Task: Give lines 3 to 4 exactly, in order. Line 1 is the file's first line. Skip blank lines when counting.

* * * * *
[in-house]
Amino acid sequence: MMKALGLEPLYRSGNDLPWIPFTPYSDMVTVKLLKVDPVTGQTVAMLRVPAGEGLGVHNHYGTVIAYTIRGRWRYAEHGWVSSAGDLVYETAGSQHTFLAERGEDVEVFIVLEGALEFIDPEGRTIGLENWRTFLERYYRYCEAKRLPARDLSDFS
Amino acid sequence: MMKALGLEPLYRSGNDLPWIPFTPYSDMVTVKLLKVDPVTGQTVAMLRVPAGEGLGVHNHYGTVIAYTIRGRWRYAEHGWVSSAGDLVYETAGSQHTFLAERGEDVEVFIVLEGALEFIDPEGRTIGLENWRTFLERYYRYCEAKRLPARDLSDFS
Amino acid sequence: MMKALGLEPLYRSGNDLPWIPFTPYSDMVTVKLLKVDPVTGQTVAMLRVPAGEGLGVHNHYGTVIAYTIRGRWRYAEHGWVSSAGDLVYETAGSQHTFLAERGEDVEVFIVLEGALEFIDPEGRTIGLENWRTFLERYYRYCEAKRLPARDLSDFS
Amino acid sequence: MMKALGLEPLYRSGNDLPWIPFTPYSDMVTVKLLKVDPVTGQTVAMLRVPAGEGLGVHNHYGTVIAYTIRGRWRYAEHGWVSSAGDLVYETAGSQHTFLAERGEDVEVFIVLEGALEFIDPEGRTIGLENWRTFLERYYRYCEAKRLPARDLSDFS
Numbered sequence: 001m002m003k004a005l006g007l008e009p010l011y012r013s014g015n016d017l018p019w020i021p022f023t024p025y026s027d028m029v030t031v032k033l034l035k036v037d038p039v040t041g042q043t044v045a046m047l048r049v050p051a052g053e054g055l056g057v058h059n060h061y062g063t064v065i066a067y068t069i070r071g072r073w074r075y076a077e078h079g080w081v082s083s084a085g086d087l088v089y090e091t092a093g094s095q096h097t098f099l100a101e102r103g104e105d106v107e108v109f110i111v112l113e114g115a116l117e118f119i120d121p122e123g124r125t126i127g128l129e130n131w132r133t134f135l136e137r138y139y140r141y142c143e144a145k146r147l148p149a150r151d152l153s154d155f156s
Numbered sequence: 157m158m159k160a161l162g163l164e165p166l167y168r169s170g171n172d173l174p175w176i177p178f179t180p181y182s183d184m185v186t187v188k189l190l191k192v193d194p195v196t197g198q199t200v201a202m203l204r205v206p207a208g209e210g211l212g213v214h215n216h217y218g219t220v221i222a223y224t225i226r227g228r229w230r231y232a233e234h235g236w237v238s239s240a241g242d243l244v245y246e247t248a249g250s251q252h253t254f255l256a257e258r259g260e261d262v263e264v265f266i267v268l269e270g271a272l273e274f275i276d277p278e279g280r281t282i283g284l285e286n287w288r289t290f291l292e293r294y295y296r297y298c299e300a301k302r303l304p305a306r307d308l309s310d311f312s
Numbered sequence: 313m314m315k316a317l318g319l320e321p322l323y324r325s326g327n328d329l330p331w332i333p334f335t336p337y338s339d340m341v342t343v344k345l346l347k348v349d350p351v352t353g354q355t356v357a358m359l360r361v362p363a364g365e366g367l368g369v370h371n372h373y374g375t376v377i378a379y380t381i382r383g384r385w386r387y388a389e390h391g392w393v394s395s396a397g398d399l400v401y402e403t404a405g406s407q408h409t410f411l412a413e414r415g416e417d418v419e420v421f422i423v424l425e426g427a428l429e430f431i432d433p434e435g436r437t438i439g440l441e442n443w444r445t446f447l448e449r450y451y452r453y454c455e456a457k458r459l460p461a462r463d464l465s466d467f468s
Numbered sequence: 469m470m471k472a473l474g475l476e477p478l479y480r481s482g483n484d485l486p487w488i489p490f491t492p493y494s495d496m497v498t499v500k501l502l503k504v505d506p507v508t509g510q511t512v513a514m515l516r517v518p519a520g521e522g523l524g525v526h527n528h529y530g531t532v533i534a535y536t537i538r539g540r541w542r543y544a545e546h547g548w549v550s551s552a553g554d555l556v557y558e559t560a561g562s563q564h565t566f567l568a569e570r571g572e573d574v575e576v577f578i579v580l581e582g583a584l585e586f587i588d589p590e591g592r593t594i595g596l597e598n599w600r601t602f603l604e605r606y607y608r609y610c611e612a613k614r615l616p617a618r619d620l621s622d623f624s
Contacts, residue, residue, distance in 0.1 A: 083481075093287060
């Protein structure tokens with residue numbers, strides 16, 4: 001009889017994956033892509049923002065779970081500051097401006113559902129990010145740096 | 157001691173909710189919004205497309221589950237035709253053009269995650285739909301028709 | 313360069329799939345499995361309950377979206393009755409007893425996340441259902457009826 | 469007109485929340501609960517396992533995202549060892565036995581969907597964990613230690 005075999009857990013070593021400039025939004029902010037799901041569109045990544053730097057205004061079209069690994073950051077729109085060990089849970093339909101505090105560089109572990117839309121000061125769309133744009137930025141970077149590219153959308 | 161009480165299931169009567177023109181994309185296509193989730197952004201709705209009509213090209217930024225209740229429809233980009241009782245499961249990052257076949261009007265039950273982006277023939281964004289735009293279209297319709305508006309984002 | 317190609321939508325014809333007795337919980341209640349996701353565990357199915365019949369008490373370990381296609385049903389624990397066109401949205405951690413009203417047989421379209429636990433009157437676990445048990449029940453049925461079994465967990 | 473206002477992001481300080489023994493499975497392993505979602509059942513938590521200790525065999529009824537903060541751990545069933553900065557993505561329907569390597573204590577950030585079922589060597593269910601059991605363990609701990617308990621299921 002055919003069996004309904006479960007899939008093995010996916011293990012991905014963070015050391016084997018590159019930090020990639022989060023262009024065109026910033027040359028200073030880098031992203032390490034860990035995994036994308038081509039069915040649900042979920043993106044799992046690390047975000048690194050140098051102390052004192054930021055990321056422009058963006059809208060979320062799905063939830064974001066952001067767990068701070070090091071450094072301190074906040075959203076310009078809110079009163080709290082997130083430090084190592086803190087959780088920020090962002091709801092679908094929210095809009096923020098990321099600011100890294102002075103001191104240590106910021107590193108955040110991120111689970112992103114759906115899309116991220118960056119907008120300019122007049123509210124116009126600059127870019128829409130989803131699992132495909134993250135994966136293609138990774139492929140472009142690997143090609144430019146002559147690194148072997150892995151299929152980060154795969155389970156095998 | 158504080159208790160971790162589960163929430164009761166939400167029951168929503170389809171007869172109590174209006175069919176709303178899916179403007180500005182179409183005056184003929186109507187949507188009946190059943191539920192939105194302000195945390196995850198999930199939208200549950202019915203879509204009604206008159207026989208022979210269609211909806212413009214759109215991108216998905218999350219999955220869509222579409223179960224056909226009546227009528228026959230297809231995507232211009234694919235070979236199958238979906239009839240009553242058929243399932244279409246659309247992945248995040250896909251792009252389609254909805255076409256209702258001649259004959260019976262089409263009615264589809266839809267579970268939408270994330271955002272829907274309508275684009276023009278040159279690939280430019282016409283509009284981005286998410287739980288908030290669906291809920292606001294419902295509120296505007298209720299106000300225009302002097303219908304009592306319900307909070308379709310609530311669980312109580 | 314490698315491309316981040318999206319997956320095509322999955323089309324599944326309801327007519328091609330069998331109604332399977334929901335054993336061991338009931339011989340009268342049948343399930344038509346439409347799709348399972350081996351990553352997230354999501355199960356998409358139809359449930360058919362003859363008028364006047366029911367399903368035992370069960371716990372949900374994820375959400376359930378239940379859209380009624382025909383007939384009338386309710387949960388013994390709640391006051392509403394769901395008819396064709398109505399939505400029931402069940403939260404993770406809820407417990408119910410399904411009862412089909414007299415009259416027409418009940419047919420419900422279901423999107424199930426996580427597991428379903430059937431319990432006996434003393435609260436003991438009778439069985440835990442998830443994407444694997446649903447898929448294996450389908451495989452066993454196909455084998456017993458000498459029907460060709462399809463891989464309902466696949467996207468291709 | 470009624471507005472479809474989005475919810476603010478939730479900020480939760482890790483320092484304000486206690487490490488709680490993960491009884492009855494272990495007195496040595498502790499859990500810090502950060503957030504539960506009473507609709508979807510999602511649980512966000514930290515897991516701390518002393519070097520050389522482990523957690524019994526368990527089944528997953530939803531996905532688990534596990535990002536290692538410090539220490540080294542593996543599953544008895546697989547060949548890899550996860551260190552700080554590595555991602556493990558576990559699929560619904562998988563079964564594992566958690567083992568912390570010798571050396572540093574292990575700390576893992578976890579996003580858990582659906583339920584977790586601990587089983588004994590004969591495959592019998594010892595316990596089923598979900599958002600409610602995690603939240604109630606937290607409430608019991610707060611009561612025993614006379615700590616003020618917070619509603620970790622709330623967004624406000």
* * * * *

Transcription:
Amino acid sequence: MMKALGLEPLYRSGNDLPWIPFTPYSDMVTVKLLKVDPVTGQTVAMLRVPAGEGLGVHNHYGTVIAYTIRGRWRYAEHGWVSSAGDLVYETAGSQHTFLAERGEDVEVFIVLEGALEFIDPEGRTIGLENWRTFLERYYRYCEAKRLPARDLSDFS
Amino acid sequence: MMKALGLEPLYRSGNDLPWIPFTPYSDMVTVKLLKVDPVTGQTVAMLRVPAGEGLGVHNHYGTVIAYTIRGRWRYAEHGWVSSAGDLVYETAGSQHTFLAERGEDVEVFIVLEGALEFIDPEGRTIGLENWRTFLERYYRYCEAKRLPARDLSDFS